Tibet has one of the world’s most romanticized cultures. Elliot Sperling of Indiana University's Tibetan Studies Program told PRI"There is a tendency among many people who are interested in Tibet to see Tibet as frozen in this sort of idealistic Buddhist, or even folk, kind of culture. But all culture is dynamic." [Source: Matthew Bell, PRI, February 11, 2014]

On the five stereotypes that shape views of Tibet, Chan Koonchung, a Chinese writer heo has written about Tibet, wrote: 1) The romantic stereotype –Tibet as Shangri La, an exotic, timeless touristy region of simple, peaceful folks. 2) The spiritual stereotype – Tibet as the spiritual Buddhist holy land. Tibetan Buddhist gurus have many followers in other parts of China. 3) The patronising stereotype – Tibet is pre-modern, China is modern. The Communist Party liberated Tibet from medieval backwardness. Tibet depends on aid from the Chinese state. China’s affirmative action policies are beneficial to the Tibetans, maybe too generously so. 4) The statist stereotype – Tibet has always been a part of China from time immemorial. Foreign imperialists are always there trying to encourage Tibetan separatists to divide the Chinese motherland.

5) The victim stereotype – Tibetan culture is under threat, all because of the Chinese rule: non-Tibetan migrants, ‘Han-ification’, assimilation policies, bureaucratic nepotism and state violence. But traditional culture is also changing inside Tibet because many Tibetans want modernisation and welcome economic growth. Many Tibetan families urge their children to learn Chinese and young Tibetans love hybridised popular culture. (Though, of course, I am not unsympathetic to this victim stereotyping because Tibetans are now indeed a minority culture under stress.)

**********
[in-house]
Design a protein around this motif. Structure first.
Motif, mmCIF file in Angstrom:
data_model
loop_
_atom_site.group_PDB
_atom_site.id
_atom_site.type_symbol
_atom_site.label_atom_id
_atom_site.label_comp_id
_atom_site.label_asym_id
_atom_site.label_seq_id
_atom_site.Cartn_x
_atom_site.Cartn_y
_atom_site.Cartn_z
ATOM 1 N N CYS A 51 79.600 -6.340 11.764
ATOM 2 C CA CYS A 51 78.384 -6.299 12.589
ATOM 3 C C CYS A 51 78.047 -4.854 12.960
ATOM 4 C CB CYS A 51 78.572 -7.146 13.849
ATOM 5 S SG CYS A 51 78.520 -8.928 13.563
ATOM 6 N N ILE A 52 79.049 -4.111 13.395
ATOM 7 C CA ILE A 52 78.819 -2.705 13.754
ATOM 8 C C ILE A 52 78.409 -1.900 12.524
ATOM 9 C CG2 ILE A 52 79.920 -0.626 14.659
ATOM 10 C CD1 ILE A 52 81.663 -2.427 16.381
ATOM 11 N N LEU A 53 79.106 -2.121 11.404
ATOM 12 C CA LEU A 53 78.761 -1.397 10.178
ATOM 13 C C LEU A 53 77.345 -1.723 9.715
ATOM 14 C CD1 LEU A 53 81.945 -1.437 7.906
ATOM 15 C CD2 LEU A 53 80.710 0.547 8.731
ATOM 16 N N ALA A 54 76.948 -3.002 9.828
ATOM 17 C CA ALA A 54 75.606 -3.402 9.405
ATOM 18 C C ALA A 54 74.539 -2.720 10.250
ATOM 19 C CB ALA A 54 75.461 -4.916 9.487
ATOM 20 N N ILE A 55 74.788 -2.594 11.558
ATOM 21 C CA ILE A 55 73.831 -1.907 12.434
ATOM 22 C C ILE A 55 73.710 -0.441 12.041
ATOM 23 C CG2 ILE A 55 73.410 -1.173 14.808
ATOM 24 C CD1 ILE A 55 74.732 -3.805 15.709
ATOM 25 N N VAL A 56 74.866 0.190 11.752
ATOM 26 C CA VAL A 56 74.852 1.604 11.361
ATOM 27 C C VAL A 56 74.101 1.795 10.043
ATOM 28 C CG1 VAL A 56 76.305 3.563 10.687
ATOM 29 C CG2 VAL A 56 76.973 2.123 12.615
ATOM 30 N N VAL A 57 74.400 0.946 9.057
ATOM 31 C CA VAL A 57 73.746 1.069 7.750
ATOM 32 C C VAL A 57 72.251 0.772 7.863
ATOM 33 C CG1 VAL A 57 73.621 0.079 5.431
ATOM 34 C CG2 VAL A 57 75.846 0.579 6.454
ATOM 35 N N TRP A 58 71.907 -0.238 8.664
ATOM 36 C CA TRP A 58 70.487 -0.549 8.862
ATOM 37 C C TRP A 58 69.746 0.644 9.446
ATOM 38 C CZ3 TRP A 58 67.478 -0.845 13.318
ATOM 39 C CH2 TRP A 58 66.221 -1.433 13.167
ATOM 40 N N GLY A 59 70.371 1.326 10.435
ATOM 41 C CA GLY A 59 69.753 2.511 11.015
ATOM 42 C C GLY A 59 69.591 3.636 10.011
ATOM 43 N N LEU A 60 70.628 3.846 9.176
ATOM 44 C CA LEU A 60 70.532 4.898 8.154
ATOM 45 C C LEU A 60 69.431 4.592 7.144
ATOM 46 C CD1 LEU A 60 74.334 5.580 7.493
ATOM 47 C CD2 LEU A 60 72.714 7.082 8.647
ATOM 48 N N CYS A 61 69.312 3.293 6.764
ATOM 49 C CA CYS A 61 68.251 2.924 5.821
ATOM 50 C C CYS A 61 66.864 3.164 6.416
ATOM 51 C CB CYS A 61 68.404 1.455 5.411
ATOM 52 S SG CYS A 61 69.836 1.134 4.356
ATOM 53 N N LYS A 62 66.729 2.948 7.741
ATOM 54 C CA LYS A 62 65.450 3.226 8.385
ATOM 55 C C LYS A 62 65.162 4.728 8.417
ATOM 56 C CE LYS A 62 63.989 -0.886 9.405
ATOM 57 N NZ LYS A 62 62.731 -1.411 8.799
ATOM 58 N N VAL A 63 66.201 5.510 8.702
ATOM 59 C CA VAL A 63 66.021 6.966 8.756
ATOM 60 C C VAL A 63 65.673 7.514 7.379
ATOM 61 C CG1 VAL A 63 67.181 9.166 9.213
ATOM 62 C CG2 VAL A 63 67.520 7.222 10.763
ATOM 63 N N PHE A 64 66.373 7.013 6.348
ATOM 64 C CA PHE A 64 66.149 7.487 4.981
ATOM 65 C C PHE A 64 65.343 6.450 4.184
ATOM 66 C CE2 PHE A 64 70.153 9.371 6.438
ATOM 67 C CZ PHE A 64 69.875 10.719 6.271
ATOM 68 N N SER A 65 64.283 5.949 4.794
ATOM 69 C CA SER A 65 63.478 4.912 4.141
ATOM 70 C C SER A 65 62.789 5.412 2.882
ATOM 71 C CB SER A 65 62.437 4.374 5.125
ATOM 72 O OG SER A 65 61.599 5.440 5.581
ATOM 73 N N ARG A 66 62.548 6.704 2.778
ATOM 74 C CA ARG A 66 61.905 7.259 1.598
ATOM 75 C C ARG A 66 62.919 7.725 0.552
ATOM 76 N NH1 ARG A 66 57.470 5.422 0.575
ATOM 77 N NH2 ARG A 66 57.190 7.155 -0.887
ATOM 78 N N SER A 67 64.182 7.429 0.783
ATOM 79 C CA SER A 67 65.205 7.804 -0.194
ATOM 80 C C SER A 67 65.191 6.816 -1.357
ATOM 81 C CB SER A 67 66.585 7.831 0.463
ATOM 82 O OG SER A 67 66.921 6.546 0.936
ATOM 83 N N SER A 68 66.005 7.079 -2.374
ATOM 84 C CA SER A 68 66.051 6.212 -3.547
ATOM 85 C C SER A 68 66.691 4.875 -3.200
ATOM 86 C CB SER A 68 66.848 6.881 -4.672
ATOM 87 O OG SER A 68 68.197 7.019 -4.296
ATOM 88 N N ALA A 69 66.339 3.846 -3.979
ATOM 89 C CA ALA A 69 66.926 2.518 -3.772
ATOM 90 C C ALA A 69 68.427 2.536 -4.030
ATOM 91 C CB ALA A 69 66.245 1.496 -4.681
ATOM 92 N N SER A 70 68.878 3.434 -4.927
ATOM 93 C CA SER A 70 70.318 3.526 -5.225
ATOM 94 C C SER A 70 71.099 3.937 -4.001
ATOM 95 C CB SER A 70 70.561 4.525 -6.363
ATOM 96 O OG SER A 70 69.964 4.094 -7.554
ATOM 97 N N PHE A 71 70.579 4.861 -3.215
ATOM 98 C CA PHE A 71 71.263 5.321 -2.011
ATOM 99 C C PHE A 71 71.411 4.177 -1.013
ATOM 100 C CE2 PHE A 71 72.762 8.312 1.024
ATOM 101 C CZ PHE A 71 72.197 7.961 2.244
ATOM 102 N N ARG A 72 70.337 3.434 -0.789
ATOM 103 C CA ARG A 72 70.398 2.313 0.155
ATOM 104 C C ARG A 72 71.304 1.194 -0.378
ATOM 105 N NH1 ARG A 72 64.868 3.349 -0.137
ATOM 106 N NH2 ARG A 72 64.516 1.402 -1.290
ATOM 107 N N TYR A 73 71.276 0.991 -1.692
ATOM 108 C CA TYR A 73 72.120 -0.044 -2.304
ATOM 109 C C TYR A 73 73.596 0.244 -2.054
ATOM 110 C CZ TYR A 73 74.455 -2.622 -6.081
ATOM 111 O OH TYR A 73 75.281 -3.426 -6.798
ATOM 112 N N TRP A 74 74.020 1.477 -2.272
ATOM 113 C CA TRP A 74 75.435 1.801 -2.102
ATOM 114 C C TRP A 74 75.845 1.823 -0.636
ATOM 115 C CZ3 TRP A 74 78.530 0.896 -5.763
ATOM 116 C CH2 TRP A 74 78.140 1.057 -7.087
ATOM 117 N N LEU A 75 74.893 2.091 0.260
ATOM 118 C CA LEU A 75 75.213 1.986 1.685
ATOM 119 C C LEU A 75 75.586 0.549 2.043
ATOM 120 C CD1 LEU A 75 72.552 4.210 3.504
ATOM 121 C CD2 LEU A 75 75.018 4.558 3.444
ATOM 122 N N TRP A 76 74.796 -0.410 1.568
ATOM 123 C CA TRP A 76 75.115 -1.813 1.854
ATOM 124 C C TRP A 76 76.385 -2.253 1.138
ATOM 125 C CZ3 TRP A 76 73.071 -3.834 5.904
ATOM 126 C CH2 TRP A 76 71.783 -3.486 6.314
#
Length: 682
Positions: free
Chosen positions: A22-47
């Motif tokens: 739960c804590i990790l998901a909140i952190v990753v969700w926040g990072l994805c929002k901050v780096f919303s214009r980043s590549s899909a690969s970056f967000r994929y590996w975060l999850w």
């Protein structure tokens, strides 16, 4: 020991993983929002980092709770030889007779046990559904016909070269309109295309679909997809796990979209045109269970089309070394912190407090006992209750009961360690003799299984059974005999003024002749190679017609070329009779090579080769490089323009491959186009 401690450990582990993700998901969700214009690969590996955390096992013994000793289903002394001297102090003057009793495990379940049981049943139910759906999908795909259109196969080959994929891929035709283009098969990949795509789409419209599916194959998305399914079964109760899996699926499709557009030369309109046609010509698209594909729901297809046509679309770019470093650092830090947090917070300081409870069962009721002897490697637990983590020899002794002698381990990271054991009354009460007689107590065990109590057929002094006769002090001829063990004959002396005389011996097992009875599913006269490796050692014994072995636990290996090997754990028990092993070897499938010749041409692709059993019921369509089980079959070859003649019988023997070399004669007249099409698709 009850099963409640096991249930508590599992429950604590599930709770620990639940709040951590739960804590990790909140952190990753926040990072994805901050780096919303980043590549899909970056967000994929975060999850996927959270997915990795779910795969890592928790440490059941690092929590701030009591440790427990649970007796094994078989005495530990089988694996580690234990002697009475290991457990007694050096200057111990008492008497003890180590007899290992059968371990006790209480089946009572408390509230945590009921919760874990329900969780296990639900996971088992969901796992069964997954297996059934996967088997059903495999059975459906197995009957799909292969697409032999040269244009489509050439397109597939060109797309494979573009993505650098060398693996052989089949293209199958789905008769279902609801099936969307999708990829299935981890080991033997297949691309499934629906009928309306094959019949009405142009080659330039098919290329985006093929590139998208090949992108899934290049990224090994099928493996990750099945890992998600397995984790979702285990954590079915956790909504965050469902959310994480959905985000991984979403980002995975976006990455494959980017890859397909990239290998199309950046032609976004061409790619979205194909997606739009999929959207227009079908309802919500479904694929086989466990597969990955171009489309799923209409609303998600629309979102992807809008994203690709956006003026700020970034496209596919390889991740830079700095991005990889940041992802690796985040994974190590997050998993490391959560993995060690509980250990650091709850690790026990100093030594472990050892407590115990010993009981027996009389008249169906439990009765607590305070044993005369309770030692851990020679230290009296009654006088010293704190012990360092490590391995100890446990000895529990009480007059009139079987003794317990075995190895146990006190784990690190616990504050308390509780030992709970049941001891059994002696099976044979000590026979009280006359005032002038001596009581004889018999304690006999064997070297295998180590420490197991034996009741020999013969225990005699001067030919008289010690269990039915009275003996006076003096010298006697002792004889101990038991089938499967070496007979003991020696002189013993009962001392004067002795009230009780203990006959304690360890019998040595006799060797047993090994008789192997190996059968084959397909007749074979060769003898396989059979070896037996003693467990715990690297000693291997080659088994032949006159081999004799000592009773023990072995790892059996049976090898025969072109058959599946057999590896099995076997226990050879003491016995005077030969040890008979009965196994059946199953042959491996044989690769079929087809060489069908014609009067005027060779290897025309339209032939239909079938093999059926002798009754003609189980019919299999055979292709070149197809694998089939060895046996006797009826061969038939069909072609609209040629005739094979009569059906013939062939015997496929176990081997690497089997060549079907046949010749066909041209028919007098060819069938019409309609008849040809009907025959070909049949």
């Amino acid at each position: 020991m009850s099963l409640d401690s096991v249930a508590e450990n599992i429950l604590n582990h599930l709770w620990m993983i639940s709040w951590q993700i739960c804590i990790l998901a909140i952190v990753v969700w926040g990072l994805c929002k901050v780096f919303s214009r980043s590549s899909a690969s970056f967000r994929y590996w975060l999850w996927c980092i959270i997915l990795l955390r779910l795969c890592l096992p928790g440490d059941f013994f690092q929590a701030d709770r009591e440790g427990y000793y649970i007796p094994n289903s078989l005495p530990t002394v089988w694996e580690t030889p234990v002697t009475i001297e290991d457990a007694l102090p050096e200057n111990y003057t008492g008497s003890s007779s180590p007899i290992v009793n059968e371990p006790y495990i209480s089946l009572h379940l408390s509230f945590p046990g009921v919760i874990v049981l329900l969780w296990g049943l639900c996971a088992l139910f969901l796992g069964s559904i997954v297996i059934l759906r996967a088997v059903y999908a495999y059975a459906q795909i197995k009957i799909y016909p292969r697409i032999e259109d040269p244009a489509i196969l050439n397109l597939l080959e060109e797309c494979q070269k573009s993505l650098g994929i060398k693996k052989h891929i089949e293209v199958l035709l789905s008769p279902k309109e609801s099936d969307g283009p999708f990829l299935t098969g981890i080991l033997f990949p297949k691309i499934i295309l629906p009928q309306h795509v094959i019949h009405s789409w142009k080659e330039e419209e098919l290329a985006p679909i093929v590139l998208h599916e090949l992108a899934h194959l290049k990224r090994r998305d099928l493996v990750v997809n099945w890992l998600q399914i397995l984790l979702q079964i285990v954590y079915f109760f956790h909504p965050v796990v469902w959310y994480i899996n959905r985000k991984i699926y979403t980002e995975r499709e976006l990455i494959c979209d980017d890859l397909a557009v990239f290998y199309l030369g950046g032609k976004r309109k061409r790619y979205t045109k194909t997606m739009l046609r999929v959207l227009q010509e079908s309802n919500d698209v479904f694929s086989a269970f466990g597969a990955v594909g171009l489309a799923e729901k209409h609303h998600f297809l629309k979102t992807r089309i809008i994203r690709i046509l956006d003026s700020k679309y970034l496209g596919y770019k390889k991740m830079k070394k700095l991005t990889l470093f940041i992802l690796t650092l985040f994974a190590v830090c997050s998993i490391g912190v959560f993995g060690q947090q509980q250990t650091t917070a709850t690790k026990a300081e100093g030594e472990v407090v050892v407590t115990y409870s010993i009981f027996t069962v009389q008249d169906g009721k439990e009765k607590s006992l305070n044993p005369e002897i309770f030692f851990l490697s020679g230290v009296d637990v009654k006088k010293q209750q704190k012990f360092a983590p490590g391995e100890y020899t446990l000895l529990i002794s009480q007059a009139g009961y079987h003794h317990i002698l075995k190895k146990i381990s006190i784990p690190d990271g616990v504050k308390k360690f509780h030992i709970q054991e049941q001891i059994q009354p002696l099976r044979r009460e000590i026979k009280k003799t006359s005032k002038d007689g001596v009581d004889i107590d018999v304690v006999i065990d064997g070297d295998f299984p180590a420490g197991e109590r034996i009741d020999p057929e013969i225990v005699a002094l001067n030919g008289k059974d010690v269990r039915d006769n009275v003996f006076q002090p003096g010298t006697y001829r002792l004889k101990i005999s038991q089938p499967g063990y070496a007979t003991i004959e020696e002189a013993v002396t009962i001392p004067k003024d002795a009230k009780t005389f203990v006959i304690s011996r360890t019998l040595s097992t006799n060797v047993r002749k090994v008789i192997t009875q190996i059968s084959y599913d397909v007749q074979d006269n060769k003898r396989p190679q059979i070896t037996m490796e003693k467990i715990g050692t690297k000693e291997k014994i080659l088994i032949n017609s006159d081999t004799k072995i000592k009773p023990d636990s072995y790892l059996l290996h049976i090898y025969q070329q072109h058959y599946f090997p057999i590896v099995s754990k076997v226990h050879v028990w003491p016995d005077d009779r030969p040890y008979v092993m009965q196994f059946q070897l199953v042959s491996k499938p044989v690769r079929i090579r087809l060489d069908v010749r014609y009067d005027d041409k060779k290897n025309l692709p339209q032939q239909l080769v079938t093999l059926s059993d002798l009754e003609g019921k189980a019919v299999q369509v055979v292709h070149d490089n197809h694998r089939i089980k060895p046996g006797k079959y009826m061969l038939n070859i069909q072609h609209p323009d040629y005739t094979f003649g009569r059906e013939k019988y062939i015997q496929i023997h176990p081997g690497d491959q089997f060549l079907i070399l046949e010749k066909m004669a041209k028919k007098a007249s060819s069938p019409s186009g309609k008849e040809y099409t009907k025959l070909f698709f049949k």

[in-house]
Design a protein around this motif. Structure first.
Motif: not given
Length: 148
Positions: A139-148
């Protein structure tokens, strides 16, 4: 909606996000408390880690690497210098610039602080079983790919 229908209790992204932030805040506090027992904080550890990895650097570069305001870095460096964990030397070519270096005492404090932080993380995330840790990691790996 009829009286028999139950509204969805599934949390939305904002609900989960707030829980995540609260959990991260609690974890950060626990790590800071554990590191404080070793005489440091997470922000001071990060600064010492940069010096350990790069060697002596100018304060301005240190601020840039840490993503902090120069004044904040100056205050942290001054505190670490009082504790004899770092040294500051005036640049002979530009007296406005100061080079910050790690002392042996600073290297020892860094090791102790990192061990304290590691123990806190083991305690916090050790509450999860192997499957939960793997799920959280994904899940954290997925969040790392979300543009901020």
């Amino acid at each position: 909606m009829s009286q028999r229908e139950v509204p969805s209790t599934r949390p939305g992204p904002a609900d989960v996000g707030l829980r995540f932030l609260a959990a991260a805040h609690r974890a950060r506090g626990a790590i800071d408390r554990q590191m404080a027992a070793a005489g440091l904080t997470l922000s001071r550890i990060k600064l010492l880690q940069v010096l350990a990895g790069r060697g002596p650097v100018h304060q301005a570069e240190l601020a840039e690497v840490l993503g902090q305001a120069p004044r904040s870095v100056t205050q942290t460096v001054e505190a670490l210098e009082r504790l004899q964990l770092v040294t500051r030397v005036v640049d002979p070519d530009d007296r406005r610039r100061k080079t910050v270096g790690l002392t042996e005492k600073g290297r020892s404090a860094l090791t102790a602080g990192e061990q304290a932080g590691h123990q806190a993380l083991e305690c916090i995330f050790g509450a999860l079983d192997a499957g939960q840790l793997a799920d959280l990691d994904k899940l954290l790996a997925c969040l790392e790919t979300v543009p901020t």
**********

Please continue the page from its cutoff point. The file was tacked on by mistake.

History of Tibetan Culture and Arts

Tibetan art and culture is closely linked with religion. Early Tibetan art and culture was closely bound up with the aboriginal Bon religion, while later art and culture has been closely associated with Tibetan Buddhism. Bon was the main aboriginal religion of the ancient Qinghai-Tibetan Plateau. It is said to have originated in the 5th century B.C. with Shenrab Miwoche, the prince of Zhang-zhung kingdom in western Tibet. Around the first century A.D. the religion began to spread eastward until it became widely practiced in the Tsang region and Lhasa region. Bon is still practiced today. It embraces pantheism and beliefs that “everything has a soul”. Bon deities include supernatural powers of mountains, rivers, lakes, seas, the sun, the moon, stars, wind, rain, thunder, lightening, birds, and beasts, as many as one can enumerate. These deities govern the birth, ageing, sickness, death, events and fortunes of people, who can not predict and control their own destinies because people have been created by the deities. [Source: Chloe Xin, Tibetravel.org tibettravel.org ]

In the 7th century A.D., Buddhism was introduced to Tibet on a large scale and Bon lost its dominance in the mid 8th century. Tibetan Buddihism has been ramified into four major sects: Nyingma Sect, Kadam Sect, Sakya Sect, Kagyu Sect and Gulug. These sects have had significant and extensive impacts on the political, economic and cultural life of Tibet and its progression through different period of time. Buddha is the sovereign of the realm of Tibetan Buddhism, and is the most frequently occurred figure in Tibetan art works as well. The major subject matters of Tibetan arts include Buddha, Bodhisattvas and a Variety of Deities, the mandala, the Gurus and Dharma Kings, the biographic Stories and Jataka Stories of Sakyamuni.

Tibetan Literature

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Tibetan storyteller